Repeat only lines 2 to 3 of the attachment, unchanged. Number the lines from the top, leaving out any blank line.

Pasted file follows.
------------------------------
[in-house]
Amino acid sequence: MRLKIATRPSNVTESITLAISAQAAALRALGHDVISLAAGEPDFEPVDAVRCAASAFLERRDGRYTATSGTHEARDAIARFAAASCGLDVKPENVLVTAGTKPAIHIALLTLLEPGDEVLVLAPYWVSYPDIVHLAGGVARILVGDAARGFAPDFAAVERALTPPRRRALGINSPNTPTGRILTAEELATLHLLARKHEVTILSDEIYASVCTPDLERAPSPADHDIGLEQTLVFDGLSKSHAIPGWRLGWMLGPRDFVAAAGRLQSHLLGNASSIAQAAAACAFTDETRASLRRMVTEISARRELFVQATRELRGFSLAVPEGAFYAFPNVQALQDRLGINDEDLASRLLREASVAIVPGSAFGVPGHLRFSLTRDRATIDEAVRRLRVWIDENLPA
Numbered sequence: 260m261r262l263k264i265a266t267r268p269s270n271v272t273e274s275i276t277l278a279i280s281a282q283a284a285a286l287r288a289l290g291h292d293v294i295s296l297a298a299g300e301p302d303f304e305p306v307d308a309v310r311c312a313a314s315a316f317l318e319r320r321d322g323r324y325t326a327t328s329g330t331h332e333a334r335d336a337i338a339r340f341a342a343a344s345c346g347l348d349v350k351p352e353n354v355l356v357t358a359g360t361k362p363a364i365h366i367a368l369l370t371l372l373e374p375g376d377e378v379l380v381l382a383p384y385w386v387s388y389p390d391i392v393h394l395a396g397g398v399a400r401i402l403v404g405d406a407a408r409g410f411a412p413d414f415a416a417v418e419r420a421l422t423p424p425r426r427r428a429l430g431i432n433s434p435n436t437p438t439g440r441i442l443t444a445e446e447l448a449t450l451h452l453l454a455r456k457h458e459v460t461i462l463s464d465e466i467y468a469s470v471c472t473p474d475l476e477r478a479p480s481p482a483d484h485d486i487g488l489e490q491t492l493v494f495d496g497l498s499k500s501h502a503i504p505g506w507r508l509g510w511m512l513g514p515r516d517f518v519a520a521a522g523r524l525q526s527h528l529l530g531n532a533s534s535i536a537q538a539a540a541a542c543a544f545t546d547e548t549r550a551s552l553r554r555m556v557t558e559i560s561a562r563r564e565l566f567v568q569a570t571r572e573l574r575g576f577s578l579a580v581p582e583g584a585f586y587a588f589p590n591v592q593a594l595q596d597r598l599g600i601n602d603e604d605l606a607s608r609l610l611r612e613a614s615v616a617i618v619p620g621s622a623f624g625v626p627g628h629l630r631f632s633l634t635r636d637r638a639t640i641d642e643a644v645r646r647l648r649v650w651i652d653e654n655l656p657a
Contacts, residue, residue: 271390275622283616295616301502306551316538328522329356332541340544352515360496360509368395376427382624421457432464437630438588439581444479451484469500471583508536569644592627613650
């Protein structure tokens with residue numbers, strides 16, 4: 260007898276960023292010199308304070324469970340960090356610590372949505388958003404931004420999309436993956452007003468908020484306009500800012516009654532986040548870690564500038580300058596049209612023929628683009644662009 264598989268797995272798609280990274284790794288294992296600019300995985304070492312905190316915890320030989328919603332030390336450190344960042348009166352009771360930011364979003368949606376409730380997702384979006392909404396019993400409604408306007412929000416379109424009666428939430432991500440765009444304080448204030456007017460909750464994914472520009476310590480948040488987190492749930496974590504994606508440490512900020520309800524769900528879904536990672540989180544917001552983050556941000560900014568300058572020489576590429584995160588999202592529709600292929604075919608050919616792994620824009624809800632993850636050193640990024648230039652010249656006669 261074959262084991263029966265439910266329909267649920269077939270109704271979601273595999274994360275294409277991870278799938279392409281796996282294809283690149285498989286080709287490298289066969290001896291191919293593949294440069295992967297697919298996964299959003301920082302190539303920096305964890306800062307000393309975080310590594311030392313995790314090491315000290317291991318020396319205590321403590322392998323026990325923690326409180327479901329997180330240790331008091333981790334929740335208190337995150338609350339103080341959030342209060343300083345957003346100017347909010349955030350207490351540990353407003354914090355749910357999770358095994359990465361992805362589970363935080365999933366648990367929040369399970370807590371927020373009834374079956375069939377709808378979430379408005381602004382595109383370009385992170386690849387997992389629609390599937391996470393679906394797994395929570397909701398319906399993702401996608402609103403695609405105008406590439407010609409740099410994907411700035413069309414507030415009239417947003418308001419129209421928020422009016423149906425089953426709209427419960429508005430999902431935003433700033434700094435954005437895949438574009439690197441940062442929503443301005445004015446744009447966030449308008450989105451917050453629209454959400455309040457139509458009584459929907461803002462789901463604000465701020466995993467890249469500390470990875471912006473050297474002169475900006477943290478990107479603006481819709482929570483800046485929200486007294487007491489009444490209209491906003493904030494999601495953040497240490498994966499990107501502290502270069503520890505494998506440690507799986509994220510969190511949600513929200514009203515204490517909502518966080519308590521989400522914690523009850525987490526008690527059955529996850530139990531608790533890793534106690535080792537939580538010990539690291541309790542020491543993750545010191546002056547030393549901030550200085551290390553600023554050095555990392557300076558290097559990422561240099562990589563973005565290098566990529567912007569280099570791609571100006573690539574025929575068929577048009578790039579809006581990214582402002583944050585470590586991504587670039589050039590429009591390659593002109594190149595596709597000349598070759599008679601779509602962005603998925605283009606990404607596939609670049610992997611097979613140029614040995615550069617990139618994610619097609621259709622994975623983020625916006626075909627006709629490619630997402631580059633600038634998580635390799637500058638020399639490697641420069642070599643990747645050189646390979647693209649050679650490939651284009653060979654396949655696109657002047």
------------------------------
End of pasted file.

Amino acid sequence: MRLKIATRPSNVTESITLAISAQAAALRALGHDVISLAAGEPDFEPVDAVRCAASAFLERRDGRYTATSGTHEARDAIARFAAASCGLDVKPENVLVTAGTKPAIHIALLTLLEPGDEVLVLAPYWVSYPDIVHLAGGVARILVGDAARGFAPDFAAVERALTPPRRRALGINSPNTPTGRILTAEELATLHLLARKHEVTILSDEIYASVCTPDLERAPSPADHDIGLEQTLVFDGLSKSHAIPGWRLGWMLGPRDFVAAAGRLQSHLLGNASSIAQAAAACAFTDETRASLRRMVTEISARRELFVQATRELRGFSLAVPEGAFYAFPNVQALQDRLGINDEDLASRLLREASVAIVPGSAFGVPGHLRFSLTRDRATIDEAVRRLRVWIDENLPA
Numbered sequence: 260m261r262l263k264i265a266t267r268p269s270n271v272t273e274s275i276t277l278a279i280s281a282q283a284a285a286l287r288a289l290g291h292d293v294i295s296l297a298a299g300e301p302d303f304e305p306v307d308a309v310r311c312a313a314s315a316f317l318e319r320r321d322g323r324y325t326a327t328s329g330t331h332e333a334r335d336a337i338a339r340f341a342a343a344s345c346g347l348d349v350k351p352e353n354v355l356v357t358a359g360t361k362p363a364i365h366i367a368l369l370t371l372l373e374p375g376d377e378v379l380v381l382a383p384y385w386v387s388y389p390d391i392v393h394l395a396g397g398v399a400r401i402l403v404g405d406a407a408r409g410f411a412p413d414f415a416a417v418e419r420a421l422t423p424p425r426r427r428a429l430g431i432n433s434p435n436t437p438t439g440r441i442l443t444a445e446e447l448a449t450l451h452l453l454a455r456k457h458e459v460t461i462l463s464d465e466i467y468a469s470v471c472t473p474d475l476e477r478a479p480s481p482a483d484h485d486i487g488l489e490q491t492l493v494f495d496g497l498s499k500s501h502a503i504p505g506w507r508l509g510w511m512l513g514p515r516d517f518v519a520a521a522g523r524l525q526s527h528l529l530g531n532a533s534s535i536a537q538a539a540a541a542c543a544f545t546d547e548t549r550a551s552l553r554r555m556v557t558e559i560s561a562r563r564e565l566f567v568q569a570t571r572e573l574r575g576f577s578l579a580v581p582e583g584a585f586y587a588f589p590n591v592q593a594l595q596d597r598l599g600i601n602d603e604d605l606a607s608r609l610l611r612e613a614s615v616a617i618v619p620g621s622a623f624g625v626p627g628h629l630r631f632s633l634t635r636d637r638a639t640i641d642e643a644v645r646r647l648r649v650w651i652d653e654n655l656p657a